What Is Bond Paper?

The Many Uses and Types of Bond Paper

Wave of papers
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Especially suitable for electronic printing and use in office machines including copiers and network and desktop printers, bond paper is a strong, durable paper. Bond paper is typically used for letterheads, stationery, business forms, and a variety of documents produced with inkjet and laser printers. For example, the invoices you get in the mail are often printed on bond paper.

Paper Size

Bond paper has a basic size of 17 inches by 22 inches and a basis weight of 20 pounds and is characterized by erasability, good absorption, and rigidity.

A paper's basic sheet size is determined by the paper's weight, measured in pounds of 500 sheets of paper. 

That does not mean that bond paper only comes in large sheets and must have a 20-pound weight. That is only its "basic" size and weight. Bond paper can come in 13 to 25-pound weights. It can also come in a variety of sizes, such as standard letter page size, 8.5 by 11 inches, which is most commonly used for correspondence, records, and invoices; half-size paper, 5.5 by 8.5 inches, which is most commonly used for records, invoices, and statements; legal size, 8.5 by 14 inches; and ledger size, 11 by 17 inches.

Paper Quantities

Bond paper sold in office supply stores typically comes in letter size reams of 500 sheets, individually, or by the case. White is the most common color but bond papers can come in pastels, neon brights, and other assorted colors such as the colorful Pacon brand of bond papers.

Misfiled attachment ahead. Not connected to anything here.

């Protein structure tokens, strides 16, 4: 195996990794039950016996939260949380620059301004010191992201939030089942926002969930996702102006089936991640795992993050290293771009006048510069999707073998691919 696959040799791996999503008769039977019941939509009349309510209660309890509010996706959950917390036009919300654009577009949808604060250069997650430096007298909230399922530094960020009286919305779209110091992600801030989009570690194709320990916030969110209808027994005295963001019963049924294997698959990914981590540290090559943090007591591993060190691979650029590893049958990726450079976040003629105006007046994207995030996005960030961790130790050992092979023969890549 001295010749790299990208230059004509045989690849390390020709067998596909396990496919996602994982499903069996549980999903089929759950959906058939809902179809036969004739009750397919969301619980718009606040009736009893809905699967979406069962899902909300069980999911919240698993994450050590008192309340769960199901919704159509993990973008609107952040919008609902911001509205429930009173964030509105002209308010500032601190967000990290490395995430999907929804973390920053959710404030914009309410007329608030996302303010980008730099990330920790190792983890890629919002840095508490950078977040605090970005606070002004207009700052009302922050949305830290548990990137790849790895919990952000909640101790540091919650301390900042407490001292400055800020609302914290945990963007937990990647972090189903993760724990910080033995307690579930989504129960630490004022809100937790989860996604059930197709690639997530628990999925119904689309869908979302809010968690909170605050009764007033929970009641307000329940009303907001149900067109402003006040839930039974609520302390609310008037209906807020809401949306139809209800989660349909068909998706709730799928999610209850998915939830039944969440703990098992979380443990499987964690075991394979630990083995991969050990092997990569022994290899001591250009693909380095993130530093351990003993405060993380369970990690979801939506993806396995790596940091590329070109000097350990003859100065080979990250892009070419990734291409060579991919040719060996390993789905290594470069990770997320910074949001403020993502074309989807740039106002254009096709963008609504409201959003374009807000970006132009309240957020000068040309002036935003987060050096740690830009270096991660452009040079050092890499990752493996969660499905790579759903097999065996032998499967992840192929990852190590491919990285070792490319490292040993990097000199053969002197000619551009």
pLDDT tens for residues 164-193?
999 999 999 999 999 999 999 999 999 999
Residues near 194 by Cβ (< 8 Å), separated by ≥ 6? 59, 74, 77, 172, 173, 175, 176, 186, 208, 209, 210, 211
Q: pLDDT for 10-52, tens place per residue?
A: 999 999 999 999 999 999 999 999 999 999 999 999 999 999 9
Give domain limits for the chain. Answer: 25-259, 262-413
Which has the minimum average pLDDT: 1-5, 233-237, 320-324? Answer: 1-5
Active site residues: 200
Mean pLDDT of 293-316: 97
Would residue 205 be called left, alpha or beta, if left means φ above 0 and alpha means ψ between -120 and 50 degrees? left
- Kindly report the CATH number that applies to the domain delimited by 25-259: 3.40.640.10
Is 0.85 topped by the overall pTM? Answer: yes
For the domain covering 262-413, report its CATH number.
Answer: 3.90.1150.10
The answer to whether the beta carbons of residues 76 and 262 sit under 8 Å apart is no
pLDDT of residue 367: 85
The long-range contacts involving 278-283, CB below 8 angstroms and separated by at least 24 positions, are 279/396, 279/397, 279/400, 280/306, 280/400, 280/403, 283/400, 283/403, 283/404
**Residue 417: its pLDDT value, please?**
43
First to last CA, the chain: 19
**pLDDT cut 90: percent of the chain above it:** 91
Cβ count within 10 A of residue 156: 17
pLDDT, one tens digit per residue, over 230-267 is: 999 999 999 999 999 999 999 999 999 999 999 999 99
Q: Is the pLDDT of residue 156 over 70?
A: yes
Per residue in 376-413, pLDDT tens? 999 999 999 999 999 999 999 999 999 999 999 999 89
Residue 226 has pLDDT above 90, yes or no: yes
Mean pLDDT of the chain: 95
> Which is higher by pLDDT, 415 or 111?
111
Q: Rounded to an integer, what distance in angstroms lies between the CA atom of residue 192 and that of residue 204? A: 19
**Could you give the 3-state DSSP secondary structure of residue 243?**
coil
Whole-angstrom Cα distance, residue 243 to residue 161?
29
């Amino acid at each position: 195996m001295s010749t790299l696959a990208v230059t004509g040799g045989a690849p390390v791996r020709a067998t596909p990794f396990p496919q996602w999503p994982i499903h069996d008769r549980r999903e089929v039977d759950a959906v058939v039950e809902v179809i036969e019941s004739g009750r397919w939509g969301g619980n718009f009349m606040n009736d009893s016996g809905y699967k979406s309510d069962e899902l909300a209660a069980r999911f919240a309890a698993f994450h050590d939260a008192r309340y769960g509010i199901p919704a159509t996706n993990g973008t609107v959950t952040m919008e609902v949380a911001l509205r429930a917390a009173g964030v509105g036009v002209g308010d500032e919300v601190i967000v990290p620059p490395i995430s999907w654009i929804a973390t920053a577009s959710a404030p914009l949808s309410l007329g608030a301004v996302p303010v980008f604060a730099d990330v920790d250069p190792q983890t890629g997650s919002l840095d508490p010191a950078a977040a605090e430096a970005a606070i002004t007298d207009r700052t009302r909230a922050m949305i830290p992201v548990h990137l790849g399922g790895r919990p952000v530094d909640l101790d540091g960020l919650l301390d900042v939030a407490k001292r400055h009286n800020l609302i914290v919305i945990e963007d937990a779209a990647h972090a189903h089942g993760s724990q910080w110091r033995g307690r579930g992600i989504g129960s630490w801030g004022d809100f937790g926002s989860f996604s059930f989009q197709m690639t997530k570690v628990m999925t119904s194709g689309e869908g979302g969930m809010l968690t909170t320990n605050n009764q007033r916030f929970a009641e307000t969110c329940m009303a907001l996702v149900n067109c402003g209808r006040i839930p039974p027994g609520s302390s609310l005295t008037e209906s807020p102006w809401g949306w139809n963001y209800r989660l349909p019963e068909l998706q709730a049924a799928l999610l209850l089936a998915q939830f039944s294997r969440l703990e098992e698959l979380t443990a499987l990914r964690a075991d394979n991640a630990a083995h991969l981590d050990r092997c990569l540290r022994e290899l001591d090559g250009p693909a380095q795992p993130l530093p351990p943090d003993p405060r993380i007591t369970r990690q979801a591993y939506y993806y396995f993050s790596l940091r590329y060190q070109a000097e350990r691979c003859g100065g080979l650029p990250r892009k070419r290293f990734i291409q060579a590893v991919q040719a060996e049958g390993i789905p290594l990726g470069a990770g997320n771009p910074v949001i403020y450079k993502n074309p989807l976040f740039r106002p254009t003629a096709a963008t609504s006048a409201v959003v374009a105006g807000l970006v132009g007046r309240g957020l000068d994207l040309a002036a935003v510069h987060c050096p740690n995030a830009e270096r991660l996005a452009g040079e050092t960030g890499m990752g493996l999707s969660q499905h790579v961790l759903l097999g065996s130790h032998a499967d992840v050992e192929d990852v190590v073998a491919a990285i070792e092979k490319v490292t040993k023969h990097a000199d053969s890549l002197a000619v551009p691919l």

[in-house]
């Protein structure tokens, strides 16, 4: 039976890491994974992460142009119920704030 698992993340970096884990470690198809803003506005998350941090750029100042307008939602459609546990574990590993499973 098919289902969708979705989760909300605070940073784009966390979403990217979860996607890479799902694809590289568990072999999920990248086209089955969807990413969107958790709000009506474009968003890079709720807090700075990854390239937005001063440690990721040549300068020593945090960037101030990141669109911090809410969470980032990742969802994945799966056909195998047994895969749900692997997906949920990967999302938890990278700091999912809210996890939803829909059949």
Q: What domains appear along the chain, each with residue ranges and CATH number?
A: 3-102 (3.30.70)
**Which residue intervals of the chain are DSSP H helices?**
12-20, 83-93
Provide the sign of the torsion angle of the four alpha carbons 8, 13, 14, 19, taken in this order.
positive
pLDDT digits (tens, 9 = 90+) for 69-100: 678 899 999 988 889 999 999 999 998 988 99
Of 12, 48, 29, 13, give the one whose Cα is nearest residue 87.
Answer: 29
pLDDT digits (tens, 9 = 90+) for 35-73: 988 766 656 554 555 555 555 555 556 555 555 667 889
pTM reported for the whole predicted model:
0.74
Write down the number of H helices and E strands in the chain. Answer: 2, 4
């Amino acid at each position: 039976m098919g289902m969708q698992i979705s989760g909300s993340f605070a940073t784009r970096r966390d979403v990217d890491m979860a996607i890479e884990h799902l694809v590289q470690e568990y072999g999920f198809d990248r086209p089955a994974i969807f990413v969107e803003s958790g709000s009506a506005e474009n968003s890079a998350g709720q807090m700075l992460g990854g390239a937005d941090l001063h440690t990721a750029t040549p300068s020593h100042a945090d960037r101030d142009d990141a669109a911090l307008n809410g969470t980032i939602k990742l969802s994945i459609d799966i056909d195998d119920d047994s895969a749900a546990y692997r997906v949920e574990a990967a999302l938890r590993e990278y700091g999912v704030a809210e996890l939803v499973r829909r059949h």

Smaller packs of specialty bond paper with designs or special finishes may come in smaller packs of 50 to 100 sheets. These are often sold for use as do-it-yourself letterhead or flyers. Also good for use as a writing paper, bond papers come in a variety of finishes and textures including cockle, laid, linen, and wove.

Other Paper Specifications

Other specifications found on packages of bond paper are brightness, coated and uncoated, as well as watermarked or not.

Brightness

Brightness measures the amount of reflectance of a specific wavelength of blue light. Brightness is measured on a scale of 0 to 100. The higher the number, the brighter the paper. In other words, 95 bright paper reflects more light than an 85 bright paper, therefore appearing brighter. ​

Coated Verus Uncoated

Coated paper restricts the amount of ink that is absorbed by the paper and how the ink bleeds into the paper. This is desirable for sharp and complex images as the ink stays on top of the paper and will not wick or bleed reducing the sharpness of the printed material. Uncoated paper is generally not as smooth as coated paper and tends to be more porous. Uncoated paper is generally used for letterhead, envelopes and printed material that is aiming for a more prestigious or elegant look. 

Watermarked Paper

Watermarked paper is an identifying image or pattern in paper that appears as various shades of lightness or darkness when viewed by transmitted light or when viewed by reflected light, which is caused by thickness or density variations in the paper.

If you hold the paper up to the light, you should be able to see an identifying mark or brand coming through the paper.

When it comes to stationery, a watermark is perceived as being elegant and sophisticated. Paper currency is usually printed on watermarked paper as an anti-counterfeiting measure.